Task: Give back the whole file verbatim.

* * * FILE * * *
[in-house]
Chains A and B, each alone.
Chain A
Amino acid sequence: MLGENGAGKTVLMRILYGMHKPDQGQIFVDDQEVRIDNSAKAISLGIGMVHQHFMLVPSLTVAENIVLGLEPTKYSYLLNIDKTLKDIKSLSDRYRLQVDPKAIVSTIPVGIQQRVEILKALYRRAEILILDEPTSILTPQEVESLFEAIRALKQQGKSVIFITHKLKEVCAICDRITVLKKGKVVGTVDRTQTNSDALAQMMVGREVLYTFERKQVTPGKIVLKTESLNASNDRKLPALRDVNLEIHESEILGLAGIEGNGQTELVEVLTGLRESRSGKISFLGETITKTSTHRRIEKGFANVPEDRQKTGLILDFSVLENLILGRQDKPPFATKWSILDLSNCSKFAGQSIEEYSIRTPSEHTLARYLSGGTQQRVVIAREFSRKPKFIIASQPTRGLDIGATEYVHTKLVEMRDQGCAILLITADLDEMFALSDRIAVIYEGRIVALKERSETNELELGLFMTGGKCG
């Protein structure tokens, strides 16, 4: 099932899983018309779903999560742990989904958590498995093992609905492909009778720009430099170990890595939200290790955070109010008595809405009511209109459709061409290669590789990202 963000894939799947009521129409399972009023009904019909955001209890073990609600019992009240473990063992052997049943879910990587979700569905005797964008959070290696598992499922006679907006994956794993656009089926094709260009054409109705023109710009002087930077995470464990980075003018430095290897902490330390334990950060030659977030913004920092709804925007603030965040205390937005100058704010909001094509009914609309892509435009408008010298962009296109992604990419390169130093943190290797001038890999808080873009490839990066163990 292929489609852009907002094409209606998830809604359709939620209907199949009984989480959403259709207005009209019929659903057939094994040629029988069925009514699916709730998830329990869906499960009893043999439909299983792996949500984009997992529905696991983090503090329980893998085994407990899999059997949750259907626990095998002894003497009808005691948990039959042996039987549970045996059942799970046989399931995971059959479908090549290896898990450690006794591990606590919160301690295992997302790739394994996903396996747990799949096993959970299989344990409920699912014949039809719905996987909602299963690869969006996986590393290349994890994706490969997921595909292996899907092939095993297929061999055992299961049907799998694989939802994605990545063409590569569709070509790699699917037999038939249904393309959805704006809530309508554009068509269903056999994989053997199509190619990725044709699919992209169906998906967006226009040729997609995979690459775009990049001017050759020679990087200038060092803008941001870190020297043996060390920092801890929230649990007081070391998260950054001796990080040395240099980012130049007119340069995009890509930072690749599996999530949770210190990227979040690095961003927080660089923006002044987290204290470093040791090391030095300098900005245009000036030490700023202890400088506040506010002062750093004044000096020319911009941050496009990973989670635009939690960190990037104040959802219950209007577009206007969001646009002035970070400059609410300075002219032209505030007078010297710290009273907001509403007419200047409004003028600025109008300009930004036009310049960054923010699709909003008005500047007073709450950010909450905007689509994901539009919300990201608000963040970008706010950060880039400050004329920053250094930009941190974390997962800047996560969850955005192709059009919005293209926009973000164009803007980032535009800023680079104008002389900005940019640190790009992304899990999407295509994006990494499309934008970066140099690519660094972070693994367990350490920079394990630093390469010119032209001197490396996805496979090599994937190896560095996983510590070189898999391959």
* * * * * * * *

[in-house]
Chains A and B, each alone.
Chain A
Amino acid sequence: MLGENGAGKTVLMRILYGMHKPDQGQIFVDDQEVRIDNSAKAISLGIGMVHQHFMLVPSLTVAENIVLGLEPTKYSYLLNIDKTLKDIKSLSDRYRLQVDPKAIVSTIPVGIQQRVEILKALYRRAEILILDEPTSILTPQEVESLFEAIRALKQQGKSVIFITHKLKEVCAICDRITVLKKGKVVGTVDRTQTNSDALAQMMVGREVLYTFERKQVTPGKIVLKTESLNASNDRKLPALRDVNLEIHESEILGLAGIEGNGQTELVEVLTGLRESRSGKISFLGETITKTSTHRRIEKGFANVPEDRQKTGLILDFSVLENLILGRQDKPPFATKWSILDLSNCSKFAGQSIEEYSIRTPSEHTLARYLSGGTQQRVVIAREFSRKPKFIIASQPTRGLDIGATEYVHTKLVEMRDQGCAILLITADLDEMFALSDRIAVIYEGRIVALKERSETNELELGLFMTGGKCG
């Protein structure tokens, strides 16, 4: 099932899983018309779903999560742990989904958590498995093992609905492909009778720009430099170990890595939200290790955070109010008595809405009511209109459709061409290669590789990202 963000894939799947009521129409399972009023009904019909955001209890073990609600019992009240473990063992052997049943879910990587979700569905005797964008959070290696598992499922006679907006994956794993656009089926094709260009054409109705023109710009002087930077995470464990980075003018430095290897902490330390334990950060030659977030913004920092709804925007603030965040205390937005100058704010909001094509009914609309892509435009408008010298962009296109992604990419390169130093943190290797001038890999808080873009490839990066163990 292929489609852009907002094409209606998830809604359709939620209907199949009984989480959403259709207005009209019929659903057939094994040629029988069925009514699916709730998830329990869906499960009893043999439909299983792996949500984009997992529905696991983090503090329980893998085994407990899999059997949750259907626990095998002894003497009808005691948990039959042996039987549970045996059942799970046989399931995971059959479908090549290896898990450690006794591990606590919160301690295992997302790739394994996903396996747990799949096993959970299989344990409920699912014949039809719905996987909602299963690869969006996986590393290349994890994706490969997921595909292996899907092939095993297929061999055992299961049907799998694989939802994605990545063409590569569709070509790699699917037999038939249904393309959805704006809530309508554009068509269903056999994989053997199509190619990725044709699919992209169906998906967006226009040729997609995979690459775009990049001017050759020679990087200038060092803008941001870190020297043996060390920092801890929230649990007081070391998260950054001796990080040395240099980012130049007119340069995009890509930072690749599996999530949770210190990227979040690095961003927080660089923006002044987290204290470093040791090391030095300098900005245009000036030490700023202890400088506040506010002062750093004044000096020319911009941050496009990973989670635009939690960190990037104040959802219950209007577009206007969001646009002035970070400059609410300075002219032209505030007078010297710290009273907001509403007419200047409004003028600025109008300009930004036009310049960054923010699709909003008005500047007073709450950010909450905007689509994901539009919300990201608000963040970008706010950060880039400050004329920053250094930009941190974390997962800047996560969850955005192709059009919005293209926009973000164009803007980032535009800023680079104008002389900005940019640190790009992304899990999407295509994006990494499309934008970066140099690519660094972070693994367990350490920079394990630093390469010119032209001197490396996805496979090599994937190896560095996983510590070189898999391959």